17 years ago, Tim Keller wrote about a form of evangelism that effectively engaged “an increasingly privatized, secular society.” Those of you who know the recent discussion about door-to-door evangelism and disagree with its use will agree with Keller’s assessment and method. Keller intends to explain how evangelism through networking is intended to create “a whole philosophy of ministry based on friendship evangelism.”
Predominant evangelistic methods have changed over the last century, as Keller observes how the 1930’s-1960’s = crusade evangelism, 1960’s-1990’s = visitation evangelism, and 1990’s-present = network evangelism. Visitation evangelism, as I explained in my last article, focuses on first places and practiced by the older, more traditional evangelicals while network evangelism focuses on third places and is practiced by many in the younger, more missional generation. Keller argues that “the more modern, the more secular, the more urbanized, and the newer cities and communities, the more these traditional programs do not seem to bear fruit.”
Let me make an observation here about the SBC–the context in which I serve. Most Southern Baptist churches are in the South and in rural/suburban areas where visitation evangelism is still the leading method. Visitation programs and outreach strategies such as F.A.I.T.H. appeal to a graying denomination in rural America where the front porch is about as “third place” as it gets. On the other hand, the new urban church planting movement in more secular cities recognize the unlikely profitability of methods of the 1960’s and instead are networking through relationships in third places. The former is crisis-driven, and the latter is process-driven; the former calls for decision; the latter calls for investment. Therefore, the difference in methodology is generational (1960’s vs. 2000’s), geographical (first vs. third), philosophical (visitation vs. network), and practical (crisis vs. process).
The four basic networks Keller brings out are (1) familial, (2) geographical (neighborhoods), (3) vocational (career/school associates), and (4) relational (friends not necessarily in the other networks). I find these categories helpful because it coincides with developing an evangelistic plan or strategy in the same way of using all there places. For instance, first place evangelism would include the familial and geographical networks (you could host neighborhood evangelistic studies or community groups in your home), second place evangelism coincides with vocational (work or school), and third place evangelism would be relational.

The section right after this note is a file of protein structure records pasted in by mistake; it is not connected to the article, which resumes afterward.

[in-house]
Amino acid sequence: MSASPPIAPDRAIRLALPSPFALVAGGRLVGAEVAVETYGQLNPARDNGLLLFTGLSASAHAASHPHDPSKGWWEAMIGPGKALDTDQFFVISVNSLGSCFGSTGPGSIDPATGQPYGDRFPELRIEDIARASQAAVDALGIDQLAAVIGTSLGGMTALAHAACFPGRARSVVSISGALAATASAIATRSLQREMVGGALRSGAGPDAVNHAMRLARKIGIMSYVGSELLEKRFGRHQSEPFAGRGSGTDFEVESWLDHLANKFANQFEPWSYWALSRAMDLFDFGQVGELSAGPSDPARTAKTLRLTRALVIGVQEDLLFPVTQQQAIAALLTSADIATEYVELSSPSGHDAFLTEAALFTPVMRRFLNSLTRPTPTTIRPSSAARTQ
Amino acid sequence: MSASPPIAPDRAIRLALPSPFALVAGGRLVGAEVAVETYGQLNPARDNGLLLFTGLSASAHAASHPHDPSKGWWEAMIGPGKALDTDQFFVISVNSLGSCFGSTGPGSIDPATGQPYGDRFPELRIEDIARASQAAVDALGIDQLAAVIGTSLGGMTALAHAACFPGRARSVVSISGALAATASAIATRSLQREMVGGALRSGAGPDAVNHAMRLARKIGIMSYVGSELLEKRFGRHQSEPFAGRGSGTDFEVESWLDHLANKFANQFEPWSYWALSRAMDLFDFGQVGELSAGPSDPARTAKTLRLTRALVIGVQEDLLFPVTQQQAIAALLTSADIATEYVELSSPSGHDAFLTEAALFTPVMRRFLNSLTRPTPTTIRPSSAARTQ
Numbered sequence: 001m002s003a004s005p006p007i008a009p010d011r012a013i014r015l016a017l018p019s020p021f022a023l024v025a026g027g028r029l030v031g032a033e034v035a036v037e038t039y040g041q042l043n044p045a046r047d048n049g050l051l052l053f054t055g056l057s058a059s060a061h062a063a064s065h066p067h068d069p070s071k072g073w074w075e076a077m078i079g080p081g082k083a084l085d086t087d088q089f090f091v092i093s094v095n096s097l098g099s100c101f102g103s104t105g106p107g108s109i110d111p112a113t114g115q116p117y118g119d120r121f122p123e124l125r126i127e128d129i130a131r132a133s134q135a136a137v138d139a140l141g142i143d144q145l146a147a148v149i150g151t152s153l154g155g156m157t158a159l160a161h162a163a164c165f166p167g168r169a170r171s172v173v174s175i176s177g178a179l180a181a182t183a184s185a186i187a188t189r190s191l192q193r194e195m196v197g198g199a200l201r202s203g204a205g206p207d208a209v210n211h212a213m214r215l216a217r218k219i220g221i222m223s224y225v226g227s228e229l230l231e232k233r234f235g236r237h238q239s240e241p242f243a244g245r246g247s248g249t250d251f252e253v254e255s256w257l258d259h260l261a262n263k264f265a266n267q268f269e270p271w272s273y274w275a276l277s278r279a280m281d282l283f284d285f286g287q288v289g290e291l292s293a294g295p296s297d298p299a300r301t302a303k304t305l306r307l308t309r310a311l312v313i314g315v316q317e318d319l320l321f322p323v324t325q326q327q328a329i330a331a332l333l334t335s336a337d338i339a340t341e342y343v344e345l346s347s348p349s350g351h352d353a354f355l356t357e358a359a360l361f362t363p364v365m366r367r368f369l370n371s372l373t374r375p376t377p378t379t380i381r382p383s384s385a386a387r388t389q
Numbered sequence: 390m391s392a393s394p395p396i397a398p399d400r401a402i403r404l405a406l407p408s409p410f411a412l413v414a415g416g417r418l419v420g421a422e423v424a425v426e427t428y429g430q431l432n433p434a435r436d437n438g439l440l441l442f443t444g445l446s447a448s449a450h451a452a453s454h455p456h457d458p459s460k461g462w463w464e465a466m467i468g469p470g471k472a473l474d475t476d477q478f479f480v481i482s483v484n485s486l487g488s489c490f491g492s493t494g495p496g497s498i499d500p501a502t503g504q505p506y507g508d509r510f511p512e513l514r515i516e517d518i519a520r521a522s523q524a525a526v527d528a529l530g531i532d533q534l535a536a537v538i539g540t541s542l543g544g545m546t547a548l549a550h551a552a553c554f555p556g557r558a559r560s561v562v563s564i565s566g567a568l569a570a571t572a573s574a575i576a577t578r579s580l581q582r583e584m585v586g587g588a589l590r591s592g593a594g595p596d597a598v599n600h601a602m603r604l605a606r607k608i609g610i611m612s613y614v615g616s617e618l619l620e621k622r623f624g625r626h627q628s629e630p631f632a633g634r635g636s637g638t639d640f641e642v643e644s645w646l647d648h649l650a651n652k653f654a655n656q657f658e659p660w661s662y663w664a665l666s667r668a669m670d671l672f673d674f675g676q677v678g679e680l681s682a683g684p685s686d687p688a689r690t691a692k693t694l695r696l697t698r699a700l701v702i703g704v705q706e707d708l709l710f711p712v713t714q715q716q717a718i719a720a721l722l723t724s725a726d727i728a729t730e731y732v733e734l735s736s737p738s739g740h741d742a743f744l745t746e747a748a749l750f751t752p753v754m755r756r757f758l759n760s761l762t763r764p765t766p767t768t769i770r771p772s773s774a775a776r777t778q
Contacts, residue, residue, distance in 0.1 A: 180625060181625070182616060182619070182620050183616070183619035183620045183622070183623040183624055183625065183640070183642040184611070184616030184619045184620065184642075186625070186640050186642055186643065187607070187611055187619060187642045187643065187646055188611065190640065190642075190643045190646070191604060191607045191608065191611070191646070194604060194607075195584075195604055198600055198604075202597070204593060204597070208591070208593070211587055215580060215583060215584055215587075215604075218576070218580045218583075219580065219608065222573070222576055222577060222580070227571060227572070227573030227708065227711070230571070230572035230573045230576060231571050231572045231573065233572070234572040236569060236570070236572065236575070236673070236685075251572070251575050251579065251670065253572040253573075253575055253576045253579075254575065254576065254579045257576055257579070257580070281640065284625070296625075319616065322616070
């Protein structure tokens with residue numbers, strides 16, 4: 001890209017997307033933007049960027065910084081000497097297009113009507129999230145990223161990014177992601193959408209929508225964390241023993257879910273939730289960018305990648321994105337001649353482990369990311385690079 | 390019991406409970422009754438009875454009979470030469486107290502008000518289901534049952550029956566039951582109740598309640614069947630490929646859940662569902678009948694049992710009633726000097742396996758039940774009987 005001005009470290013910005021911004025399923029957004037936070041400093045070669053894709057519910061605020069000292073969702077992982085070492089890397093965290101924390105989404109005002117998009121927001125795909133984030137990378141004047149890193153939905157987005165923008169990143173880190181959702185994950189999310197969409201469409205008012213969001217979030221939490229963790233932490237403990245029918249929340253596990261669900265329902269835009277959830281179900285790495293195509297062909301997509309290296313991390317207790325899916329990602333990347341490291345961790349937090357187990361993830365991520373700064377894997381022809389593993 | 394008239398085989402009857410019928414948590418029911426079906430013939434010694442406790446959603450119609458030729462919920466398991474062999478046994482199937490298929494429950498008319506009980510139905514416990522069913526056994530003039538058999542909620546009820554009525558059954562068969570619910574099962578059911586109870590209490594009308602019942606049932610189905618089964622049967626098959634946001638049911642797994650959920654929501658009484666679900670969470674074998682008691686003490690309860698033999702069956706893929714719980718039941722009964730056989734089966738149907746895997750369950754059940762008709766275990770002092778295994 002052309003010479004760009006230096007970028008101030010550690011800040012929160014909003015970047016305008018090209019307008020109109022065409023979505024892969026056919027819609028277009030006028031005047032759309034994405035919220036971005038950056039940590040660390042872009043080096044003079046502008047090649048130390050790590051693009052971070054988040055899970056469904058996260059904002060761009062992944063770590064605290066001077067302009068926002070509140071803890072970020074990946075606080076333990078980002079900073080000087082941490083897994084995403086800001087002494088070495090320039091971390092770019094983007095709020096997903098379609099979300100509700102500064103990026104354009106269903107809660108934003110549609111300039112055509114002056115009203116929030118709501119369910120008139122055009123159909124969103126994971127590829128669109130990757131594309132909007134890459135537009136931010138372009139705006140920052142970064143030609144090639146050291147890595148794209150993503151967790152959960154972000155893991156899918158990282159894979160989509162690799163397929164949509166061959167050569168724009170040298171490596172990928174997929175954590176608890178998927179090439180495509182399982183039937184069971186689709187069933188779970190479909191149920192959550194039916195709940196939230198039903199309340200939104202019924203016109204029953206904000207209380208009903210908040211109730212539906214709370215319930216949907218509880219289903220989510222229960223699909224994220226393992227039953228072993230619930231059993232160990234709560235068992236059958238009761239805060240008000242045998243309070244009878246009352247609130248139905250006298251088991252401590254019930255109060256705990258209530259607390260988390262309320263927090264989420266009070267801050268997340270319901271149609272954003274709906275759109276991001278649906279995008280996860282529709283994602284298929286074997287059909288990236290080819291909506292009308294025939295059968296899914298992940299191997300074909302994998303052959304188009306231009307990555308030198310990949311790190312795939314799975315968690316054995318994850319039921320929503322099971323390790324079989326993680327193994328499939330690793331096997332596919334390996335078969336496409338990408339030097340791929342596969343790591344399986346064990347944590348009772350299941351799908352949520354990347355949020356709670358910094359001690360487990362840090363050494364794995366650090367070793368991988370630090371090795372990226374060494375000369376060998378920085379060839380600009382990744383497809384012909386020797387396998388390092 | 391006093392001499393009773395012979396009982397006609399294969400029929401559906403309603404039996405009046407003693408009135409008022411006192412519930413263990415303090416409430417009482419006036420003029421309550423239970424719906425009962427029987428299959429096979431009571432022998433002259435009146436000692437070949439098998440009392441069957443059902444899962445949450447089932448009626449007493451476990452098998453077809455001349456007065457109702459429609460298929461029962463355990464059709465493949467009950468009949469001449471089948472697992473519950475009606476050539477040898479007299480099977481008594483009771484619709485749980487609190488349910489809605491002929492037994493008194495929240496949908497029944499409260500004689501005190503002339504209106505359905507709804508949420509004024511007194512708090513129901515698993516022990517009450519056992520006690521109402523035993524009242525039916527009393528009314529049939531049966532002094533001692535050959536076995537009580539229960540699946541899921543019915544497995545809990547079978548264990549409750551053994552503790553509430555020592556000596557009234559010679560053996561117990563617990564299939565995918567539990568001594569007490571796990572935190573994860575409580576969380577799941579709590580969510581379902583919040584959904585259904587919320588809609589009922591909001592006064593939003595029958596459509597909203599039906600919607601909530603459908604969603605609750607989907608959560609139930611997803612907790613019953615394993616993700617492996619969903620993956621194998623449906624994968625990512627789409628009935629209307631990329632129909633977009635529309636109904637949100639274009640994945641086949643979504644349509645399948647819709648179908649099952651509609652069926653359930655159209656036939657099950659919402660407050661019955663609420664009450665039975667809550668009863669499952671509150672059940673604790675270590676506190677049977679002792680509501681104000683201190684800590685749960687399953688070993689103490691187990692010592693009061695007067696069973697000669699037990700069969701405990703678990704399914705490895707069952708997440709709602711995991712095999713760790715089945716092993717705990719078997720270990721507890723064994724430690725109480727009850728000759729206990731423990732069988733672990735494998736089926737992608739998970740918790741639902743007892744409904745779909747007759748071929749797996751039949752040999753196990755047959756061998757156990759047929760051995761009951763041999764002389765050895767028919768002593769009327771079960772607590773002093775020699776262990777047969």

In a network-focused church, Keller says that “you will either be a seeker, a bringer, or a cell leader (follow-up) . . . or you are dead weight!” Unbelievers (seekers) are welcomed because every believer is expected to not only befriend them but bring them. Cell leaders are more mature believers who can assist the bringers in answering questions and assimilating them as they come to faith in Jesus. According to his network philosophy, Keller points out that there is an expectation “that the non-Christian will be exposed to the gospel at least several times on the way to commitment” and that “there are lots of opportunities for the seeker to list his/her questions and concerns, and for those issues to be addressed honestly.”
When I examine my evangelistic methods, I have to say that network evangelism and third places have been the majority practice, although I still do (unprogrammed) visitation evangelism on occasion. In network evangelism, not one relationship is to go untouched by the gospel, and therefore there is never a moment where we are not conscious of both our need for the gospel ourselves and the urgency to share it with others. This morning when I picked up my breakfast at Chick-fil-a with Camille and now talk with Audrey, Tom, and Alyssa at Panera, I am working to show the love of Christ, replace my agenda with seeking first the kingdom of God, and open my far-too-silent mouth to tell of the infinite value of knowing Jesus. Life is too short and Jesus is too glorious to leverage each moment with each person I meet for the advancement of the gospel in their heart and mine. God knows we need it. I just hope I show it.